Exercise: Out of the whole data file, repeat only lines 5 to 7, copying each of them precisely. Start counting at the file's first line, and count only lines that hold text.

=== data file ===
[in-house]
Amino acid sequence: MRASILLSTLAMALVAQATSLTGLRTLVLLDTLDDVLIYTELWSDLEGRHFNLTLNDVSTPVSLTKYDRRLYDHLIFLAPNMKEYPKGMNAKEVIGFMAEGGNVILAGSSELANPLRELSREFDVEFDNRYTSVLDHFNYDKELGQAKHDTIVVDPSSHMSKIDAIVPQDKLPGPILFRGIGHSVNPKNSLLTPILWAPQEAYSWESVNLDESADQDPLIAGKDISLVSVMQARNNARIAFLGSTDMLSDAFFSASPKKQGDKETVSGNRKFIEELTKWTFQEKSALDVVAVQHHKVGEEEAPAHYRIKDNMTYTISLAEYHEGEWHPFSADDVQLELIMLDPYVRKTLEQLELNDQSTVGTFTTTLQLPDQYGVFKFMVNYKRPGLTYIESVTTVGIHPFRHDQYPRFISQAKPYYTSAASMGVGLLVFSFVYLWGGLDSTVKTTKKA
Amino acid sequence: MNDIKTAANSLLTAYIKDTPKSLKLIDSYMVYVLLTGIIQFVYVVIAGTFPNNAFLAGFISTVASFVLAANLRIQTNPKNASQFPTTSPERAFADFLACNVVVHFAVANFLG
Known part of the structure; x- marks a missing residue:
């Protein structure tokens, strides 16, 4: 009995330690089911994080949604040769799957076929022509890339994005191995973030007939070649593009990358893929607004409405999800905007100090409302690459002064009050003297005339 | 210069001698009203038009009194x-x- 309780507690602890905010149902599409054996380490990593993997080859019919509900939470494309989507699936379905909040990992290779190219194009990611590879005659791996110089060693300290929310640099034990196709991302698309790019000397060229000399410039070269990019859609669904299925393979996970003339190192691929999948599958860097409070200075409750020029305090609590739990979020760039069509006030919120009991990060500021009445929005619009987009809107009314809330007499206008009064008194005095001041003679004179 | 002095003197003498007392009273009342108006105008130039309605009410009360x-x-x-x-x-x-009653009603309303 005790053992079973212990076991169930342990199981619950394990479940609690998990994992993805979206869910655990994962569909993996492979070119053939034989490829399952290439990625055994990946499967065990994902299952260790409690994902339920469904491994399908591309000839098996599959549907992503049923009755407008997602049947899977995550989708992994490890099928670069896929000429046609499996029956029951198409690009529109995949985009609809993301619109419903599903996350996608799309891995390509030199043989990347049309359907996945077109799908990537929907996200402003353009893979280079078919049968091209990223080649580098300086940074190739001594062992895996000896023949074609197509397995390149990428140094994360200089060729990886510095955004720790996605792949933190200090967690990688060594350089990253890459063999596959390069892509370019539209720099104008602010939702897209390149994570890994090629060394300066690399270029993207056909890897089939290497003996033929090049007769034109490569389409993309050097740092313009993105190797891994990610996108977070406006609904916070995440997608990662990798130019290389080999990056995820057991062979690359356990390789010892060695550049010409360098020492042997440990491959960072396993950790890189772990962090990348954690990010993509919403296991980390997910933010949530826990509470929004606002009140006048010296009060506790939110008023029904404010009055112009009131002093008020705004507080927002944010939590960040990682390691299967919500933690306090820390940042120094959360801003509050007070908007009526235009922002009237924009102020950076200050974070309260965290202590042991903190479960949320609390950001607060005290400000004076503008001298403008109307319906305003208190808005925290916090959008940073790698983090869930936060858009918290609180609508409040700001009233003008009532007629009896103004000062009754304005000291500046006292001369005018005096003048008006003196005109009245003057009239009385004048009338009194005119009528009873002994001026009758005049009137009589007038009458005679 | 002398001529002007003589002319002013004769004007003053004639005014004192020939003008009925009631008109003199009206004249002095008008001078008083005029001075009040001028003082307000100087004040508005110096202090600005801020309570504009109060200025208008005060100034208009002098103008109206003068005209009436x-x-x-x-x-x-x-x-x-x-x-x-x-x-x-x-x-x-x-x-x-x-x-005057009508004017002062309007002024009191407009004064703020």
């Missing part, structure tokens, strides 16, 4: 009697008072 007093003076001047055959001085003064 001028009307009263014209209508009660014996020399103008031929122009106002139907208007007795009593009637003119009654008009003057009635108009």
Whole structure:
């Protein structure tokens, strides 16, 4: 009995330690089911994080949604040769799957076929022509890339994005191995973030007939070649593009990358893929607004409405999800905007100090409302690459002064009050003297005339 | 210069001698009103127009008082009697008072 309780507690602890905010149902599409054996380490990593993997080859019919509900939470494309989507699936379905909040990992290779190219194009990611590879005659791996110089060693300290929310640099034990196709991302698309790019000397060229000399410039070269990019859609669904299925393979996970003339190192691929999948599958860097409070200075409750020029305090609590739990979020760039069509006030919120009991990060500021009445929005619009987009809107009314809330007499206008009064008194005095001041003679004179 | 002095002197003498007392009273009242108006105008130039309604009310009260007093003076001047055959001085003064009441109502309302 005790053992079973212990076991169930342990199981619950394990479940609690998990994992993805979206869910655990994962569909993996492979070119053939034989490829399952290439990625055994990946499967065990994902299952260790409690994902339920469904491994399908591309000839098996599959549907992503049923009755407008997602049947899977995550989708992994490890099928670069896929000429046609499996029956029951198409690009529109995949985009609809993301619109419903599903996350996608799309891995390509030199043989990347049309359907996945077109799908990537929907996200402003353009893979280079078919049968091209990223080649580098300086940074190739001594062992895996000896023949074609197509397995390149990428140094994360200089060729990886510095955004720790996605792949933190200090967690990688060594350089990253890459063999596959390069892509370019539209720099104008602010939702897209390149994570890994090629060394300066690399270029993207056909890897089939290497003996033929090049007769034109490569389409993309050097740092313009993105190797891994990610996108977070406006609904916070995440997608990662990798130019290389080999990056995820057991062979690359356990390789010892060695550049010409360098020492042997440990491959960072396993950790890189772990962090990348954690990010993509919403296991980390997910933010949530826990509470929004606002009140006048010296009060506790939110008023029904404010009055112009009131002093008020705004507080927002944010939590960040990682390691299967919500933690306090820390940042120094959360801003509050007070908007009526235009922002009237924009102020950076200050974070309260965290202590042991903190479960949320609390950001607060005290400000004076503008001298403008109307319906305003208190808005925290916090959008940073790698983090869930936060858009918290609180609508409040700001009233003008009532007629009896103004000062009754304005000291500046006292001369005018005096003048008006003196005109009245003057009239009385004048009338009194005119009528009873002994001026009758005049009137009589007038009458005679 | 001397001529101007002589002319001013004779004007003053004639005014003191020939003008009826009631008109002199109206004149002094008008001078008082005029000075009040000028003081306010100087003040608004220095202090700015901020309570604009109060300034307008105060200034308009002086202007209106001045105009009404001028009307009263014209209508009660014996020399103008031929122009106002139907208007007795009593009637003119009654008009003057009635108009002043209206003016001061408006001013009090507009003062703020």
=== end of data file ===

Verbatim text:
């Protein structure tokens, strides 16, 4: 009995330690089911994080949604040769799957076929022509890339994005191995973030007939070649593009990358893929607004409405999800905007100090409302690459002064009050003297005339 | 210069001698009203038009009194x-x- 309780507690602890905010149902599409054996380490990593993997080859019919509900939470494309989507699936379905909040990992290779190219194009990611590879005659791996110089060693300290929310640099034990196709991302698309790019000397060229000399410039070269990019859609669904299925393979996970003339190192691929999948599958860097409070200075409750020029305090609590739990979020760039069509006030919120009991990060500021009445929005619009987009809107009314809330007499206008009064008194005095001041003679004179 | 002095003197003498007392009273009342108006105008130039309605009410009360x-x-x-x-x-x-009653009603309303 005790053992079973212990076991169930342990199981619950394990479940609690998990994992993805979206869910655990994962569909993996492979070119053939034989490829399952290439990625055994990946499967065990994902299952260790409690994902339920469904491994399908591309000839098996599959549907992503049923009755407008997602049947899977995550989708992994490890099928670069896929000429046609499996029956029951198409690009529109995949985009609809993301619109419903599903996350996608799309891995390509030199043989990347049309359907996945077109799908990537929907996200402003353009893979280079078919049968091209990223080649580098300086940074190739001594062992895996000896023949074609197509397995390149990428140094994360200089060729990886510095955004720790996605792949933190200090967690990688060594350089990253890459063999596959390069892509370019539209720099104008602010939702897209390149994570890994090629060394300066690399270029993207056909890897089939290497003996033929090049007769034109490569389409993309050097740092313009993105190797891994990610996108977070406006609904916070995440997608990662990798130019290389080999990056995820057991062979690359356990390789010892060695550049010409360098020492042997440990491959960072396993950790890189772990962090990348954690990010993509919403296991980390997910933010949530826990509470929004606002009140006048010296009060506790939110008023029904404010009055112009009131002093008020705004507080927002944010939590960040990682390691299967919500933690306090820390940042120094959360801003509050007070908007009526235009922002009237924009102020950076200050974070309260965290202590042991903190479960949320609390950001607060005290400000004076503008001298403008109307319906305003208190808005925290916090959008940073790698983090869930936060858009918290609180609508409040700001009233003008009532007629009896103004000062009754304005000291500046006292001369005018005096003048008006003196005109009245003057009239009385004048009338009194005119009528009873002994001026009758005049009137009589007038009458005679 | 002398001529002007003589002319002013004769004007003053004639005014004192020939003008009925009631008109003199009206004249002095008008001078008083005029001075009040001028003082307000100087004040508005110096202090600005801020309570504009109060200025208008005060100034208009002098103008109206003068005209009436x-x-x-x-x-x-x-x-x-x-x-x-x-x-x-x-x-x-x-x-x-x-x-005057009508004017002062309007002024009191407009004064703020």
């Missing part, structure tokens, strides 16, 4: 009697008072 007093003076001047055959001085003064 001028009307009263014209209508009660014996020399103008031929122009106002139907208007007795009593009637003119009654008009003057009635108009």
Whole structure: